The long-term goals reach as far as 20 years into the future, and the ultimate goal is a carbon-neutral municipality.
In the project, the municipalities will define their short-term goals and plan the required measures together with experts. The project will search for tools that municipalities can use in their efforts to check climate change.
For example, the municipalities can in their purchase policies favour energy-efficient and low-emission products, or improve the energy efficiency of their premises, or promote recycling.
Technology developers and providers will get a platform to test their products and know-how in the real environment. It will be possible to achieve concrete results already within a few years.
The integrated approach applied in this project is expected to produce new innovative and employment-improving solutions based on energy efficiency and sustainable use of local natural resources.
The procedures developed within the project will be applicable in other municipalities in Finland and elsewhere in the world.
In addition of the municipalities’ efforts, Energy & Enviro Finland, 17 June 2008, describes how Sitra, the Finnish Innovation Fund, has launched a five-year energy program that focuses on energy saving and energy efficiency of communities.
The aim is to reverse the trend in energy consumption and simultaneously to increase welfare and create new business - in terms of sustainable development.
An example for measures how Finns aim to turn climate change concern into practical action also is a web poll project that was carried out in a suburban area of the City of Helsinki.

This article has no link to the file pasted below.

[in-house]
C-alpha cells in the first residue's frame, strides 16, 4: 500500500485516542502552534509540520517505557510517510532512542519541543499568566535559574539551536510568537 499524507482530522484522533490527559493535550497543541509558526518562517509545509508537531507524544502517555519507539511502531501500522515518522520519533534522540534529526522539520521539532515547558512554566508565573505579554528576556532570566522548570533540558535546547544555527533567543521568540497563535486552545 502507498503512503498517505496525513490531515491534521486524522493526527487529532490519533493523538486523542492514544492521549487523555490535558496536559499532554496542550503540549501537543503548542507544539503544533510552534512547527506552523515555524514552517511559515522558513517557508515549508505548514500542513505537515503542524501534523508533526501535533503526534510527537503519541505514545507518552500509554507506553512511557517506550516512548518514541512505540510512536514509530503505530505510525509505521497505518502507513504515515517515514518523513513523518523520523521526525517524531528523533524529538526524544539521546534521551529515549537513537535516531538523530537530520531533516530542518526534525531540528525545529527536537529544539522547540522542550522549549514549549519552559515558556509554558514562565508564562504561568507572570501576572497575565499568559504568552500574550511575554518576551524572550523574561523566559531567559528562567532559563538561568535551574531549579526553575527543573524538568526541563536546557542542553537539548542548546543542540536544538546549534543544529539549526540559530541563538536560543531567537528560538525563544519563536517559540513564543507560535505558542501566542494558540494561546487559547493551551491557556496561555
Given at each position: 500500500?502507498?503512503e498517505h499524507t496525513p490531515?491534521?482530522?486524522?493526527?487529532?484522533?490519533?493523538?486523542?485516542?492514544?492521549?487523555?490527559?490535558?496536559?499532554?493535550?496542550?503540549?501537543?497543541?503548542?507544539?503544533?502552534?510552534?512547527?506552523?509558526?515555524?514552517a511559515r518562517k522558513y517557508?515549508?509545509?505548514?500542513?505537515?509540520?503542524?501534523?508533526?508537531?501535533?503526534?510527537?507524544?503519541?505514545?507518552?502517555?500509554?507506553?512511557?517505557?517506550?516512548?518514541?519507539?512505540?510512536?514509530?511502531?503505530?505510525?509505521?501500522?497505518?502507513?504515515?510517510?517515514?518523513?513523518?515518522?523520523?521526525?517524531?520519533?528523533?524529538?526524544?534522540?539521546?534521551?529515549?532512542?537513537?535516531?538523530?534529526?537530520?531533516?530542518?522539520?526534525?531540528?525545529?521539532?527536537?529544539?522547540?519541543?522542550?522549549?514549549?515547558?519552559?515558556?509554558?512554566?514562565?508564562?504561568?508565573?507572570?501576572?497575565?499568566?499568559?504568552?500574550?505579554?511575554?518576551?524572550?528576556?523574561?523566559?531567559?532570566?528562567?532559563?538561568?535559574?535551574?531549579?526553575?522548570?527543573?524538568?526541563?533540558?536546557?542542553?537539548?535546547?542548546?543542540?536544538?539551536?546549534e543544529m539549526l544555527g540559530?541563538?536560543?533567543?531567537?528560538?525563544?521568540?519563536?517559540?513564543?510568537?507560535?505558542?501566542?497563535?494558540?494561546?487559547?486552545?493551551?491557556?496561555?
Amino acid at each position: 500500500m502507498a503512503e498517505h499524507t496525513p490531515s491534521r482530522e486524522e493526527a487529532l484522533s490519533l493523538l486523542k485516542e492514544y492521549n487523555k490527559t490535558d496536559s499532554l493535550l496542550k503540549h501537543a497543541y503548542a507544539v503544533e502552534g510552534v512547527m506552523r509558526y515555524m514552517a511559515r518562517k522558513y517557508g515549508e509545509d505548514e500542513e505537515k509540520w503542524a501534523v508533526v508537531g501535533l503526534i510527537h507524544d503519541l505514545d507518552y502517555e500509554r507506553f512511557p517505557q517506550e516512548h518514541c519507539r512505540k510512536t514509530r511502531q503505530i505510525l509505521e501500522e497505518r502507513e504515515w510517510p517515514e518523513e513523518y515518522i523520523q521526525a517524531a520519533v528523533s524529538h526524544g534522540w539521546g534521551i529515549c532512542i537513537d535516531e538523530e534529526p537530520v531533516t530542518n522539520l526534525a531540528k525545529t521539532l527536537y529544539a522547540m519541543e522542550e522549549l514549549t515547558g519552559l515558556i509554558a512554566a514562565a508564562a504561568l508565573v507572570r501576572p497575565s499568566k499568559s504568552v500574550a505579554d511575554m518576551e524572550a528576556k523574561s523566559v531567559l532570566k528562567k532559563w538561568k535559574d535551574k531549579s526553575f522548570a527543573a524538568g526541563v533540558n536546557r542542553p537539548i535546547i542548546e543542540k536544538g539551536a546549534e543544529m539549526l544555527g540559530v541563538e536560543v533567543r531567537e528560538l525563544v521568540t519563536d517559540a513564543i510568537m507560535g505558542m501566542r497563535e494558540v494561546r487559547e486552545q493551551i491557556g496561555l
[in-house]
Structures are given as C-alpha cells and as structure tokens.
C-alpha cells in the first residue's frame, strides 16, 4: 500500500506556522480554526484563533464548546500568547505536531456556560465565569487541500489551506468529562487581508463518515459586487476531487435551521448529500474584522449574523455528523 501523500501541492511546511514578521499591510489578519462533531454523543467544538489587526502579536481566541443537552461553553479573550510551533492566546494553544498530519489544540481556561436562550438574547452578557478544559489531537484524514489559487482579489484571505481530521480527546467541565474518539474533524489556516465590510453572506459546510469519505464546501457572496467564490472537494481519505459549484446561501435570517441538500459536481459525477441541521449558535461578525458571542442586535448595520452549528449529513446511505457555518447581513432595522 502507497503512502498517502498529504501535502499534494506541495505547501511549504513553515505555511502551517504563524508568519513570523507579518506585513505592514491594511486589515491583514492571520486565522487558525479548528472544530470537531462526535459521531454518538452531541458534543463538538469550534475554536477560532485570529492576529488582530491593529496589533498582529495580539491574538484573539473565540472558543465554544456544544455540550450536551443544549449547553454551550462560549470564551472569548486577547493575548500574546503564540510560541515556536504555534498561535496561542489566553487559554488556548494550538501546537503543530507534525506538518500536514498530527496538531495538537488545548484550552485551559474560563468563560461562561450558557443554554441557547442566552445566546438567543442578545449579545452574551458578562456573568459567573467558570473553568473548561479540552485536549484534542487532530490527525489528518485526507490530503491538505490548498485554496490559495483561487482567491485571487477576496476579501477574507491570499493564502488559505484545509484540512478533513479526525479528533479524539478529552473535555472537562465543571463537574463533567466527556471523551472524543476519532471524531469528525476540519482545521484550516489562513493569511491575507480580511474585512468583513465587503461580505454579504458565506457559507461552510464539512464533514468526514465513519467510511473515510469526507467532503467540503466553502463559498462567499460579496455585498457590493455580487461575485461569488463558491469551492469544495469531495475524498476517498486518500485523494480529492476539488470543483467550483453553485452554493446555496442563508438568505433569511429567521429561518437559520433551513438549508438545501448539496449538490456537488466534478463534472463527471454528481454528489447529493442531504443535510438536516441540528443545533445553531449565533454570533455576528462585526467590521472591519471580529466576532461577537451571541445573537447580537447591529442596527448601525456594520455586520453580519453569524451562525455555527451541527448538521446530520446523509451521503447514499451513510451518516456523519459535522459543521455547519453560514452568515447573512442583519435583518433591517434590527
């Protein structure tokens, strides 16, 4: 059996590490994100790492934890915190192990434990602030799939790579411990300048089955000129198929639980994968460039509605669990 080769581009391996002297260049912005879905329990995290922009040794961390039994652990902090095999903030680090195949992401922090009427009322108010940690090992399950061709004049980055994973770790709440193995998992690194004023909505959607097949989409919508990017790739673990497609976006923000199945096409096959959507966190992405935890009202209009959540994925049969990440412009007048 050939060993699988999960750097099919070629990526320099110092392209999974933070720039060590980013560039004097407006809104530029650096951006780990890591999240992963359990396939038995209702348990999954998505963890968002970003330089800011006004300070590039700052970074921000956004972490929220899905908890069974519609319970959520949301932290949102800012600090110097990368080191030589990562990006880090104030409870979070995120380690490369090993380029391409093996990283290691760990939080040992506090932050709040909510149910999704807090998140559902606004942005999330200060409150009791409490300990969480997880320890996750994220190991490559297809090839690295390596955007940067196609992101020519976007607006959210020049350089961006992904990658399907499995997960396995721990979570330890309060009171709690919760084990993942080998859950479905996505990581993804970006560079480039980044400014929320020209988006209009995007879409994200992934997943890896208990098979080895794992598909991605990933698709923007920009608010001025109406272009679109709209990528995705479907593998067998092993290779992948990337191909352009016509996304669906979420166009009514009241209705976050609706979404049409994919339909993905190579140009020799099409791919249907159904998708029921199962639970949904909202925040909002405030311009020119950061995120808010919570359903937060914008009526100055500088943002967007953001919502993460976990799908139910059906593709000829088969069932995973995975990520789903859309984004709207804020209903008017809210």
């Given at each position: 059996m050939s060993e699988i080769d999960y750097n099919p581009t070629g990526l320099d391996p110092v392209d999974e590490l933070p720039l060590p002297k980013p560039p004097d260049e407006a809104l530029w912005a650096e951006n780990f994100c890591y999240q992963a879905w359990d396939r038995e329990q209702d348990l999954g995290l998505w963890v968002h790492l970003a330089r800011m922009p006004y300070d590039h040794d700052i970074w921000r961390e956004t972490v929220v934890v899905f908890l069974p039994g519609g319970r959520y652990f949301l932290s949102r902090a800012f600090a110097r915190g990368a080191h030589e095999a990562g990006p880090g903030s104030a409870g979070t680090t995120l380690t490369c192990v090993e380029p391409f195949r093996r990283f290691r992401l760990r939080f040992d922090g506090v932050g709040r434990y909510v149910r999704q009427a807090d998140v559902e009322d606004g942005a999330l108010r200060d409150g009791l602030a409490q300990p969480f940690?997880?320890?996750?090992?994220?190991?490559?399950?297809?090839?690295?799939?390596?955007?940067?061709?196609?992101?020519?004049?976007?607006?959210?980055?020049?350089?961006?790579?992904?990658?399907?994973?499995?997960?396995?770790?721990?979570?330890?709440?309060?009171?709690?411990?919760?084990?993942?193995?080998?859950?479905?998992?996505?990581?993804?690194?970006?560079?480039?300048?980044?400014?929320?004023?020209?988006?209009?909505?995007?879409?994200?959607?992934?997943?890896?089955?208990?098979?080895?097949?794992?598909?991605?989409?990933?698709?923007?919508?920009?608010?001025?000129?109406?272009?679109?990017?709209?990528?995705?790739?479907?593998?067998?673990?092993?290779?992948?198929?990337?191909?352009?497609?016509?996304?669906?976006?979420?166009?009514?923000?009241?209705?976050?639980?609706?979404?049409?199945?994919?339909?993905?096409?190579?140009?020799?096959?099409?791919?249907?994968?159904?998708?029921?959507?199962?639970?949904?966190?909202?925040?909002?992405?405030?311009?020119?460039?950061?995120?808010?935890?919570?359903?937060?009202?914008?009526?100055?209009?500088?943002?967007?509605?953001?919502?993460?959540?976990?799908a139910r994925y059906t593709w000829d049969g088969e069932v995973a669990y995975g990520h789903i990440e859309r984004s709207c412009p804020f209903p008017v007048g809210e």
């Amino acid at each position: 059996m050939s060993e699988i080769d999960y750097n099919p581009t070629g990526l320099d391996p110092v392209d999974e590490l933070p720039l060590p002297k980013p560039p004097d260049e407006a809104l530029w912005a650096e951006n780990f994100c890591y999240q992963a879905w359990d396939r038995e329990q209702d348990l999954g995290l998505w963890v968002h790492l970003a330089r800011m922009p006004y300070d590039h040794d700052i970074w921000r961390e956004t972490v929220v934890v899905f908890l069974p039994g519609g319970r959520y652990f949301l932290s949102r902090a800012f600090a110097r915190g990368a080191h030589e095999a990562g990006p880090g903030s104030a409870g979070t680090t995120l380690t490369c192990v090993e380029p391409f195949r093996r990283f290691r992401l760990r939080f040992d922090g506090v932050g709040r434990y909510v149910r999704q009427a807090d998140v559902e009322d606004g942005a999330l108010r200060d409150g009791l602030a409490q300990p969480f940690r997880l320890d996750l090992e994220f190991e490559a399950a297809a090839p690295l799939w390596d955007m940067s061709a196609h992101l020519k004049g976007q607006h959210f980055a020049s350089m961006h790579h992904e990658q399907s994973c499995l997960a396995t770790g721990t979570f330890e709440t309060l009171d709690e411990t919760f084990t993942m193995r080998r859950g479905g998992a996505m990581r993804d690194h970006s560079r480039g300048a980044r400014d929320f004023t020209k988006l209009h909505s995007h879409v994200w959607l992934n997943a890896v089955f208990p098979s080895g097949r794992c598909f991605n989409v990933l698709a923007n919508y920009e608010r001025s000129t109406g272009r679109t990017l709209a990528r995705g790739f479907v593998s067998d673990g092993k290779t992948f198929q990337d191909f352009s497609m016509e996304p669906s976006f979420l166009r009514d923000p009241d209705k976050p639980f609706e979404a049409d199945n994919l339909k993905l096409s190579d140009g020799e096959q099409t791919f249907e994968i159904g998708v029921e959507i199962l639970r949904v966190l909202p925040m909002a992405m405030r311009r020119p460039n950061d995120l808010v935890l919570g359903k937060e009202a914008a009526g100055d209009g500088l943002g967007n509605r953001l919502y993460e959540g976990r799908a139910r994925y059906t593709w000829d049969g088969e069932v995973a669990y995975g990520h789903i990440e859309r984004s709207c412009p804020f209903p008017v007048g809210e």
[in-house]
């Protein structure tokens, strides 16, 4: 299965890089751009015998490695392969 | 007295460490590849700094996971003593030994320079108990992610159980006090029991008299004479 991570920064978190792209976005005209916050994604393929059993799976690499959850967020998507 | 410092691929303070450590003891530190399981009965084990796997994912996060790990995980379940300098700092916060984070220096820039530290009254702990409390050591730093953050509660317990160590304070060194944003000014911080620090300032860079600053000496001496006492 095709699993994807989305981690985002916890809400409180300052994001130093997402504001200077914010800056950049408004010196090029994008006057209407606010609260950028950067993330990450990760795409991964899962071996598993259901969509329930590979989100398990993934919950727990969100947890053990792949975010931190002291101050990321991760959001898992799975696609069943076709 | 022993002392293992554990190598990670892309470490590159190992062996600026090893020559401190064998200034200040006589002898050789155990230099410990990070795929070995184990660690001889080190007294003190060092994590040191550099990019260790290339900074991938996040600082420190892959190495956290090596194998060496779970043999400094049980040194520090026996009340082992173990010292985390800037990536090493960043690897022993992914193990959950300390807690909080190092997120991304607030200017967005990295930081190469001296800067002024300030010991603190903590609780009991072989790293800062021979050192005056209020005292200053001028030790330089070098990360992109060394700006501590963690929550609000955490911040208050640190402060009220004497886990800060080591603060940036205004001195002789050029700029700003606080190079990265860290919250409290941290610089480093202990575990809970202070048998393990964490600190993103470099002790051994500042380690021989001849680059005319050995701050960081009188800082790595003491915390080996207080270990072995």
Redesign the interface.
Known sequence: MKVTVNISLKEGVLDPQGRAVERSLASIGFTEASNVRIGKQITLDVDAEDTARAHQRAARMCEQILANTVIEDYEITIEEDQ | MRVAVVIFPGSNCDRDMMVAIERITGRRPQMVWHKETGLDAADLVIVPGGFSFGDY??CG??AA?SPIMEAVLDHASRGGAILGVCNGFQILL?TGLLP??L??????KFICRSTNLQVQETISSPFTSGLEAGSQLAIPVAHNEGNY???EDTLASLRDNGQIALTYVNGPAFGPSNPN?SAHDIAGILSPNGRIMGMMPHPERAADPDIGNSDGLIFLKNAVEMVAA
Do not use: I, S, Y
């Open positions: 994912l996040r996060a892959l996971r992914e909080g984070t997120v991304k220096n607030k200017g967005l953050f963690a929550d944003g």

The project assessed people's knowledge and opinions concerning climate change and developed new patterns for interaction between citizens and experts.
Lauri Kinnunen | alfa
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Researchers from the University of Hamburg in Germany, in collaboration with colleagues from the University of Aarhus in Denmark, have synthesized a new superconducting material by growing a few layers of an antiferromagnetic transition-metal chalcogenide on a bismuth-based topological insulator, both being non-superconducting materials.
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Many pathogens use certain sugar compounds from their host to help conceal themselves against the immune system. Scientists at the University of Bonn have now, in cooperation with researchers at the University of York in the United Kingdom, analyzed the dynamics of a bacterial molecule that is involved in this process. They demonstrate that the protein grabs onto the sugar molecule with a Pac Man-like chewing motion and holds it until it can be used. Their results could help design therapeutics that could make the protein poorer at grabbing and holding and hence compromise the pathogen in the host. The study has now been published in “Biophysical Journal”.
The cells of the mouth, nose and intestinal mucosa produce large quantities of a chemical called sialic acid. Many bacteria possess a special transport system...
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